In an effort to beef up the EU’s defences against governments of member states flouting its key principles, Belgium and Germany have proposed that EU member states should be given the powers to scrutinise each other’s democratic track record.
Germany and Belgium reasoned that their proposal would create space for member states to flag rule-of-law concerns early on rather than wait till problems escalate.
The proposal, made at a meeting of EU ministers, coincides with high-profile EU investigations against Poland and Hungary for undermining the independence of their courts and media, while Romania is accused of rolling back on anti-graft reforms.
Acknowledging the hurdles their proposal is likely to face, Germany and Belgium suggested the new screening procedure would only be voluntary and carry no sanction.
On the presentation of the proposal, Belgian Foreign Minister Didier Reynders said he hoped the new mechanism would be fleshed out by the end of the year and was promptly backed by the Netherlands.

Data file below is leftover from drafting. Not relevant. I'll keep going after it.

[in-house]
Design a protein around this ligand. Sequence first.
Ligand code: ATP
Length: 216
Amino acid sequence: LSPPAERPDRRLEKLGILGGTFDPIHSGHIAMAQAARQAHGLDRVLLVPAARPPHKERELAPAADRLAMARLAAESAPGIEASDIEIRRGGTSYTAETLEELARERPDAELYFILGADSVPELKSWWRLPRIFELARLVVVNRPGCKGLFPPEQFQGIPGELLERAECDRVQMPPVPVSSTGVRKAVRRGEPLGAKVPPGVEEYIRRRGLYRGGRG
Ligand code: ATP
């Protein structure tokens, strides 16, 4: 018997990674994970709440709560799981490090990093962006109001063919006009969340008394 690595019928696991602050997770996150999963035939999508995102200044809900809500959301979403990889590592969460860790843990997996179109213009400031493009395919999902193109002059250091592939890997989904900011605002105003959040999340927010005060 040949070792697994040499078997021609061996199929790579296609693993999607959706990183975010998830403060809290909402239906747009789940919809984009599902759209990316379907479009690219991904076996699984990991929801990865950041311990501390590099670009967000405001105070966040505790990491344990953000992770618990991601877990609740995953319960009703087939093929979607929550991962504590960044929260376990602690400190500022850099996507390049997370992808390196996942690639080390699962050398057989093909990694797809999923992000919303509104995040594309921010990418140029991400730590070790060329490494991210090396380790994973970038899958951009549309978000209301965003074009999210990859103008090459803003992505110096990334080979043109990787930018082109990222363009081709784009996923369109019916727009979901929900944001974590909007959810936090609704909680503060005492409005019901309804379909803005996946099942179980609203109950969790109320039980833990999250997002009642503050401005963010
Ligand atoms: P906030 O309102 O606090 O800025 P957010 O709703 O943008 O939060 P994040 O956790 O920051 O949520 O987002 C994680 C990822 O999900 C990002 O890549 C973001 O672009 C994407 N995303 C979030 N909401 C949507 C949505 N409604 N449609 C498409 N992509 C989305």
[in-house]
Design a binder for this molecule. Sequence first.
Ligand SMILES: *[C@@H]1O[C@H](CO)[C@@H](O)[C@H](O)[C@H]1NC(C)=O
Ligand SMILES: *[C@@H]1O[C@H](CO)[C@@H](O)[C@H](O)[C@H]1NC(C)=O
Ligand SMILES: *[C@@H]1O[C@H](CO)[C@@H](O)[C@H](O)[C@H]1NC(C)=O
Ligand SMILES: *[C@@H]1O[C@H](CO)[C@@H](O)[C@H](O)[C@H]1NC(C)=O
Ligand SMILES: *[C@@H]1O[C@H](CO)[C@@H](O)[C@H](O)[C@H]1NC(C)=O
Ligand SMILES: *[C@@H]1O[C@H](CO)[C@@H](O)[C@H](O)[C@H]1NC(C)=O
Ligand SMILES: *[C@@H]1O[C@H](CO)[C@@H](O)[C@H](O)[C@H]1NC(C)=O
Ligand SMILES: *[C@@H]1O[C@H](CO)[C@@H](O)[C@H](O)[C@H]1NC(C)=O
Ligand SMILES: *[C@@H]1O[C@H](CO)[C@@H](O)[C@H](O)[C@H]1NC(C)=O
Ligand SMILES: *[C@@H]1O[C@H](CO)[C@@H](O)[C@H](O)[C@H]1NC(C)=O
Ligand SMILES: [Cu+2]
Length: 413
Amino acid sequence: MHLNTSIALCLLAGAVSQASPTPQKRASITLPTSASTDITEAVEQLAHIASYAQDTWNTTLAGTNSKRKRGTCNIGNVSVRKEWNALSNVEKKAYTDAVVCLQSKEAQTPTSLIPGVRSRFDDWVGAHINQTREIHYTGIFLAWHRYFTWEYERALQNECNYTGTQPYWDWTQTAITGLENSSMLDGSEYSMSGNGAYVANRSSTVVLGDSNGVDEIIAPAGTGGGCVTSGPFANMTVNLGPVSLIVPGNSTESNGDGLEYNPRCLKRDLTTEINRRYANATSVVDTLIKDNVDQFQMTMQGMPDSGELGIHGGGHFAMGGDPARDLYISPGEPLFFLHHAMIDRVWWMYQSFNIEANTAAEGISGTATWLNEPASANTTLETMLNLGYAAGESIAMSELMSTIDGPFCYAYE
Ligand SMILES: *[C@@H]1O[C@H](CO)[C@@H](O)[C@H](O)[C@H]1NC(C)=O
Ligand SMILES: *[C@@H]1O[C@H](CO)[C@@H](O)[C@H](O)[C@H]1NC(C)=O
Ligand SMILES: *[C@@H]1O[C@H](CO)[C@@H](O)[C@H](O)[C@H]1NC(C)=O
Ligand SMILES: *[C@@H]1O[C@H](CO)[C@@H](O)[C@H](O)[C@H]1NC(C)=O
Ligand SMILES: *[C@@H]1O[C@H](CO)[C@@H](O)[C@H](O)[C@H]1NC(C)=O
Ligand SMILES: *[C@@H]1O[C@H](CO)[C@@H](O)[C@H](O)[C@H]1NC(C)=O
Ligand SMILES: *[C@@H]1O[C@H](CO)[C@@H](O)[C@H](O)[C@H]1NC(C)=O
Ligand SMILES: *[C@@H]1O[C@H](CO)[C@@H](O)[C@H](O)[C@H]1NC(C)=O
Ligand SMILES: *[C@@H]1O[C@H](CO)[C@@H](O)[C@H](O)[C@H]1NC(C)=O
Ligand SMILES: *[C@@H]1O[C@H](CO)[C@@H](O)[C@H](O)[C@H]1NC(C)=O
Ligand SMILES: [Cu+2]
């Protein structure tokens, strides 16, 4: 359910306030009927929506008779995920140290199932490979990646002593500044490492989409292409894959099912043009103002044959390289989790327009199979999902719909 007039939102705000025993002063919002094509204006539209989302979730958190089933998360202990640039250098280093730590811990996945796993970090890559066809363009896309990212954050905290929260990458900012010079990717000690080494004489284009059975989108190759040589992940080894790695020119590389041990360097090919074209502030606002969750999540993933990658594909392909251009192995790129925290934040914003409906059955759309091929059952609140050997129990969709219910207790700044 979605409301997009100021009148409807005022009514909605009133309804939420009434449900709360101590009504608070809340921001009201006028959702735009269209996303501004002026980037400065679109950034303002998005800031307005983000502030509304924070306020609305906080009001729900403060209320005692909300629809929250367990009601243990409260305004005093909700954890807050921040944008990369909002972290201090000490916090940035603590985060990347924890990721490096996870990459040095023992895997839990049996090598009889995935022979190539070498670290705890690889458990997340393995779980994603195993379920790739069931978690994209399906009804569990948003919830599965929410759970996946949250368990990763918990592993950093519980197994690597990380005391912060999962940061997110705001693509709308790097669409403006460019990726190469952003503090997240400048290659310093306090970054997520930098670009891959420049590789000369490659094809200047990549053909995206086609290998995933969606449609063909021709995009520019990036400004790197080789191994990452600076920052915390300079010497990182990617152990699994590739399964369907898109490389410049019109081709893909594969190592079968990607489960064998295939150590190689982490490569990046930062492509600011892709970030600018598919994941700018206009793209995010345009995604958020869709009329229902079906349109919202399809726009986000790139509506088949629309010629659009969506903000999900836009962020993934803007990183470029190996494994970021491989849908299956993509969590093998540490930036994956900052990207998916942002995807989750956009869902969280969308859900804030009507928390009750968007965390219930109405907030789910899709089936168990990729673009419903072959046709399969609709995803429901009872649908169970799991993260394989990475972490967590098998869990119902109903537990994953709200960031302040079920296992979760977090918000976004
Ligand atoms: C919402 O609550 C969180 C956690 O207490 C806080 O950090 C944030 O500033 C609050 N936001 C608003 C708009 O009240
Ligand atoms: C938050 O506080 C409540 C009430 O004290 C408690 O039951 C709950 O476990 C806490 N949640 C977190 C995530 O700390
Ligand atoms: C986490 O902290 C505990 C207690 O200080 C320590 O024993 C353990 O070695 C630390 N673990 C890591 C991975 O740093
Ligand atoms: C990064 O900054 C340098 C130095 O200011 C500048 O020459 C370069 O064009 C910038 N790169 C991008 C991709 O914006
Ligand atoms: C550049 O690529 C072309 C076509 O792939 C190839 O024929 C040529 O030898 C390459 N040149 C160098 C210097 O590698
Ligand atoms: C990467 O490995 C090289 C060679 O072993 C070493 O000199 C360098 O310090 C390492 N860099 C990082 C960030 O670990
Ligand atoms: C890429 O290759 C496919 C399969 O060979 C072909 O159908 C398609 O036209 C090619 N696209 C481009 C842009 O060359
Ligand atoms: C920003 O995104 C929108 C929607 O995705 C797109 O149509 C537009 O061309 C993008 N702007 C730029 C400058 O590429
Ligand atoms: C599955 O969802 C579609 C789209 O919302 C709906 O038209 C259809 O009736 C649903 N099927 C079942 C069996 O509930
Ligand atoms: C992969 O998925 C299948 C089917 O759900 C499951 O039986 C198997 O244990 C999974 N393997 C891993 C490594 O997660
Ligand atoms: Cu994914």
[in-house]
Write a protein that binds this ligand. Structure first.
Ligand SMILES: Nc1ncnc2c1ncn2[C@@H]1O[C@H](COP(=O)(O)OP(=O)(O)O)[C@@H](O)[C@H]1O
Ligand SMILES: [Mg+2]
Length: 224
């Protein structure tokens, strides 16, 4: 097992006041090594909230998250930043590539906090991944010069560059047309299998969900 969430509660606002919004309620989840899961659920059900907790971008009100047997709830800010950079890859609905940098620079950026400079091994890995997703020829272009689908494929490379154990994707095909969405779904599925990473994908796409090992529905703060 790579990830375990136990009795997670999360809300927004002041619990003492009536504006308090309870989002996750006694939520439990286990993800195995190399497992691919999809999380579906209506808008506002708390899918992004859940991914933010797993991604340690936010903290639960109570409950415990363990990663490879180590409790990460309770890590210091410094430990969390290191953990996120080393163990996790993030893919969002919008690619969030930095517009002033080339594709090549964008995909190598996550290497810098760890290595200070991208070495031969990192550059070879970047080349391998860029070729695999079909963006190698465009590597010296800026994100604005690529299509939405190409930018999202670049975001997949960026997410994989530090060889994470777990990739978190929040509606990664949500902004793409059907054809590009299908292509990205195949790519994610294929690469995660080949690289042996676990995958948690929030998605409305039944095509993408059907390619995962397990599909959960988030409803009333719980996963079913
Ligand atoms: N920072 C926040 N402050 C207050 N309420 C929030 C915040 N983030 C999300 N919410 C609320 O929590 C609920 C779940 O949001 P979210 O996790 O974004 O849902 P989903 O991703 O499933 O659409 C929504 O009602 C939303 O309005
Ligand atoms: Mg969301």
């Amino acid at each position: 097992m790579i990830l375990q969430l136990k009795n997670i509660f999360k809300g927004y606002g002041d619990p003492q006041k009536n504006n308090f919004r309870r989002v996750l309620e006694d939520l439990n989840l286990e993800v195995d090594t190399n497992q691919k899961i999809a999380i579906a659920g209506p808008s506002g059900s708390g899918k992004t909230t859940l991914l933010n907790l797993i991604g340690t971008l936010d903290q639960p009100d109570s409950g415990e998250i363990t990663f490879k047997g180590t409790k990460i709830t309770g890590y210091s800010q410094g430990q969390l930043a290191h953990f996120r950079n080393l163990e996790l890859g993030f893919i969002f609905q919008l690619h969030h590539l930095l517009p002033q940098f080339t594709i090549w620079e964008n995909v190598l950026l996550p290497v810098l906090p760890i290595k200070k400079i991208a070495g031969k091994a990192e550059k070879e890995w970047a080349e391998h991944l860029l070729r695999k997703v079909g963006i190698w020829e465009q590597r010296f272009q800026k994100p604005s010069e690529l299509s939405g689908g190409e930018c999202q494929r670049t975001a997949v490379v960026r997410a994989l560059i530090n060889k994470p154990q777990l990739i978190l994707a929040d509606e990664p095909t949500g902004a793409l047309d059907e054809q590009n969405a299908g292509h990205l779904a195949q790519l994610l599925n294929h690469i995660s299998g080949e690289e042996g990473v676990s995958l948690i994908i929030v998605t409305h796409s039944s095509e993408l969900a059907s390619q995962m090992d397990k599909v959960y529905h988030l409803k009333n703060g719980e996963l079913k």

The health and resilience of EU democracies are in focus ahead of European Parliament elections in May, in which pro-EU parties face off against euro sceptics who promote nationalist and populist policies that at times go against the liberal democratic values of the bloc.
The EU’s main centre-right group, the European People’s Party, is due to decide on Wednesday whether to expel the Fidesz party of Hungarian Prime Minister Viktor Orban over his anti-EU, anti-immigration campaigns.